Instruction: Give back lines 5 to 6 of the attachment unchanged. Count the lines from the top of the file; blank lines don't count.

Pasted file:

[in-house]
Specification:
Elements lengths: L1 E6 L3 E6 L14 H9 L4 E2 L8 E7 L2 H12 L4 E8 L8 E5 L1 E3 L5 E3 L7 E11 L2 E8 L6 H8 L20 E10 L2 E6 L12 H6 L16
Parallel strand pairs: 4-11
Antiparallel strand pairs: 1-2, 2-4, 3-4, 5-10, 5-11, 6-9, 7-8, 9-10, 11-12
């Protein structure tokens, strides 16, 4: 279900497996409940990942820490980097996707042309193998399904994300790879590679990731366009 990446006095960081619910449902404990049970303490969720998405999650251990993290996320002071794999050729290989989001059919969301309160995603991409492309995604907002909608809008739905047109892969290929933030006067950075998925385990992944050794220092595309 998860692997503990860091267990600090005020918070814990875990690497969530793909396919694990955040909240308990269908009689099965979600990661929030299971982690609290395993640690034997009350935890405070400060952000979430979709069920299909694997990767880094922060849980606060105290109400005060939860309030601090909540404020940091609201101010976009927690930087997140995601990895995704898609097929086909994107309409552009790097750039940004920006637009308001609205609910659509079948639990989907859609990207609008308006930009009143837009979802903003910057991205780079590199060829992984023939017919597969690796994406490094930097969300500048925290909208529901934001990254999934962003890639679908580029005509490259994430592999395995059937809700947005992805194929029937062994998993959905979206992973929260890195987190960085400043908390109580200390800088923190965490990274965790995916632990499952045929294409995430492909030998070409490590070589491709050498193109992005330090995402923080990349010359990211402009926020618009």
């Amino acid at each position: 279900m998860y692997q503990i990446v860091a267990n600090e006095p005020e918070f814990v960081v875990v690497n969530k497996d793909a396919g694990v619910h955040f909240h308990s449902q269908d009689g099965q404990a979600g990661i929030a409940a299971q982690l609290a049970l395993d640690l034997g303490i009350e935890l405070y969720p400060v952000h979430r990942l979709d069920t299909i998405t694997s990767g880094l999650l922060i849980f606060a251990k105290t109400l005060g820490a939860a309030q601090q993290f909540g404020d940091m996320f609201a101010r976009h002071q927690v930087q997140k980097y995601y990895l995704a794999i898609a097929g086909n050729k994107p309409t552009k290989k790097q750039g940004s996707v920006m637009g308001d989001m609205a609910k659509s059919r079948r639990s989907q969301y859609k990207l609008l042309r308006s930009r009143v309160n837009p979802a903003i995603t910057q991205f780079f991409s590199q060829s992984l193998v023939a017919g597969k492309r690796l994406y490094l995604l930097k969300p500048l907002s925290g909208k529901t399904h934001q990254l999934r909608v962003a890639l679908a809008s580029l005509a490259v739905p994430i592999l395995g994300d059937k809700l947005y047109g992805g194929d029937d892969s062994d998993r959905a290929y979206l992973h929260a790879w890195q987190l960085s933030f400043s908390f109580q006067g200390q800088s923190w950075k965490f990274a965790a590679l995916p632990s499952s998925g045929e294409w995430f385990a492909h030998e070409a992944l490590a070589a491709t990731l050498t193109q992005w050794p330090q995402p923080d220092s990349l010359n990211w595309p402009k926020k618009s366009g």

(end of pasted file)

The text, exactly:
Antiparallel strand pairs: 1-2, 2-4, 3-4, 5-10, 5-11, 6-9, 7-8, 9-10, 11-12
């Protein structure tokens, strides 16, 4: 279900497996409940990942820490980097996707042309193998399904994300790879590679990731366009 990446006095960081619910449902404990049970303490969720998405999650251990993290996320002071794999050729290989989001059919969301309160995603991409492309995604907002909608809008739905047109892969290929933030006067950075998925385990992944050794220092595309 998860692997503990860091267990600090005020918070814990875990690497969530793909396919694990955040909240308990269908009689099965979600990661929030299971982690609290395993640690034997009350935890405070400060952000979430979709069920299909694997990767880094922060849980606060105290109400005060939860309030601090909540404020940091609201101010976009927690930087997140995601990895995704898609097929086909994107309409552009790097750039940004920006637009308001609205609910659509079948639990989907859609990207609008308006930009009143837009979802903003910057991205780079590199060829992984023939017919597969690796994406490094930097969300500048925290909208529901934001990254999934962003890639679908580029005509490259994430592999395995059937809700947005992805194929029937062994998993959905979206992973929260890195987190960085400043908390109580200390800088923190965490990274965790995916632990499952045929294409995430492909030998070409490590070589491709050498193109992005330090995402923080990349010359990211402009926020618009």